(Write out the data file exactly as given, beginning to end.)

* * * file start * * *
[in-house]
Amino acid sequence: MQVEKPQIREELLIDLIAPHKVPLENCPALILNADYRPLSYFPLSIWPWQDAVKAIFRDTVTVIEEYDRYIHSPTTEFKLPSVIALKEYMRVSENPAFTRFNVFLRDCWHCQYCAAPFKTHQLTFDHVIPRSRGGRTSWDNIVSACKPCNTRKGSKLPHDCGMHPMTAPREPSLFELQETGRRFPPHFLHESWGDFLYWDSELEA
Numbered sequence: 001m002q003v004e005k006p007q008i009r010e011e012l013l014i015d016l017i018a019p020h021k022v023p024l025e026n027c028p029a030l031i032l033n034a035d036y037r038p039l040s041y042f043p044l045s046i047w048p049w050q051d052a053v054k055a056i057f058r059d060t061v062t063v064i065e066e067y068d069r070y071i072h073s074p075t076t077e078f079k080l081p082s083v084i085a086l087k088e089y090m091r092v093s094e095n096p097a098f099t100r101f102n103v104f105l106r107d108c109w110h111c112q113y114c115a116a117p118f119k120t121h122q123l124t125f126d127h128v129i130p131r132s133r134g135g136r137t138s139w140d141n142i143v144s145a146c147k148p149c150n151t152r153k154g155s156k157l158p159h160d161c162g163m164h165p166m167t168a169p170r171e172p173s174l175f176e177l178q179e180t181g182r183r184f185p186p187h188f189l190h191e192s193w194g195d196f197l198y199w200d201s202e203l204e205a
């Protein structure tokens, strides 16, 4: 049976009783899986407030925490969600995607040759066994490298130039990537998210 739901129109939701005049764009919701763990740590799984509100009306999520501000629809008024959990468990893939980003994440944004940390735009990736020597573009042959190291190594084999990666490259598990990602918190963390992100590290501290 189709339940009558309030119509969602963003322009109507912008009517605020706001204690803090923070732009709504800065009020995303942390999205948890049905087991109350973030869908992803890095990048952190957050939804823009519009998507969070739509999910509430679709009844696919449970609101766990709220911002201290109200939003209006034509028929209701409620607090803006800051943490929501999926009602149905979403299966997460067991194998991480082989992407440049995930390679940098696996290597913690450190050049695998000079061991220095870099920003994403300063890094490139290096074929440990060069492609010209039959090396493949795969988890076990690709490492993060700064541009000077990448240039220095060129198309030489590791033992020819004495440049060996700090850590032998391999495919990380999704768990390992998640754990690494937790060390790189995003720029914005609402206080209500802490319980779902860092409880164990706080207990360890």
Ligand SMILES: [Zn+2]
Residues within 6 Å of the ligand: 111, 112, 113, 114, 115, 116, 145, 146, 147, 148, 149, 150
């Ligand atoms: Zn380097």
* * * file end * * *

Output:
[in-house]
Amino acid sequence: MQVEKPQIREELLIDLIAPHKVPLENCPALILNADYRPLSYFPLSIWPWQDAVKAIFRDTVTVIEEYDRYIHSPTTEFKLPSVIALKEYMRVSENPAFTRFNVFLRDCWHCQYCAAPFKTHQLTFDHVIPRSRGGRTSWDNIVSACKPCNTRKGSKLPHDCGMHPMTAPREPSLFELQETGRRFPPHFLHESWGDFLYWDSELEA
Numbered sequence: 001m002q003v004e005k006p007q008i009r010e011e012l013l014i015d016l017i018a019p020h021k022v023p024l025e026n027c028p029a030l031i032l033n034a035d036y037r038p039l040s041y042f043p044l045s046i047w048p049w050q051d052a053v054k055a056i057f058r059d060t061v062t063v064i065e066e067y068d069r070y071i072h073s074p075t076t077e078f079k080l081p082s083v084i085a086l087k088e089y090m091r092v093s094e095n096p097a098f099t100r101f102n103v104f105l106r107d108c109w110h111c112q113y114c115a116a117p118f119k120t121h122q123l124t125f126d127h128v129i130p131r132s133r134g135g136r137t138s139w140d141n142i143v144s145a146c147k148p149c150n151t152r153k154g155s156k157l158p159h160d161c162g163m164h165p166m167t168a169p170r171e172p173s174l175f176e177l178q179e180t181g182r183r184f185p186p187h188f189l190h191e192s193w194g195d196f197l198y199w200d201s202e203l204e205a
């Protein structure tokens, strides 16, 4: 049976009783899986407030925490969600995607040759066994490298130039990537998210 739901129109939701005049764009919701763990740590799984509100009306999520501000629809008024959990468990893939980003994440944004940390735009990736020597573009042959190291190594084999990666490259598990990602918190963390992100590290501290 189709339940009558309030119509969602963003322009109507912008009517605020706001204690803090923070732009709504800065009020995303942390999205948890049905087991109350973030869908992803890095990048952190957050939804823009519009998507969070739509999910509430679709009844696919449970609101766990709220911002201290109200939003209006034509028929209701409620607090803006800051943490929501999926009602149905979403299966997460067991194998991480082989992407440049995930390679940098696996290597913690450190050049695998000079061991220095870099920003994403300063890094490139290096074929440990060069492609010209039959090396493949795969988890076990690709490492993060700064541009000077990448240039220095060129198309030489590791033992020819004495440049060996700090850590032998391999495919990380999704768990390992998640754990690494937790060390790189995003720029914005609402206080209500802490319980779902860092409880164990706080207990360890």
Ligand SMILES: [Zn+2]
Residues within 6 Å of the ligand: 111, 112, 113, 114, 115, 116, 145, 146, 147, 148, 149, 150
């Ligand atoms: Zn380097």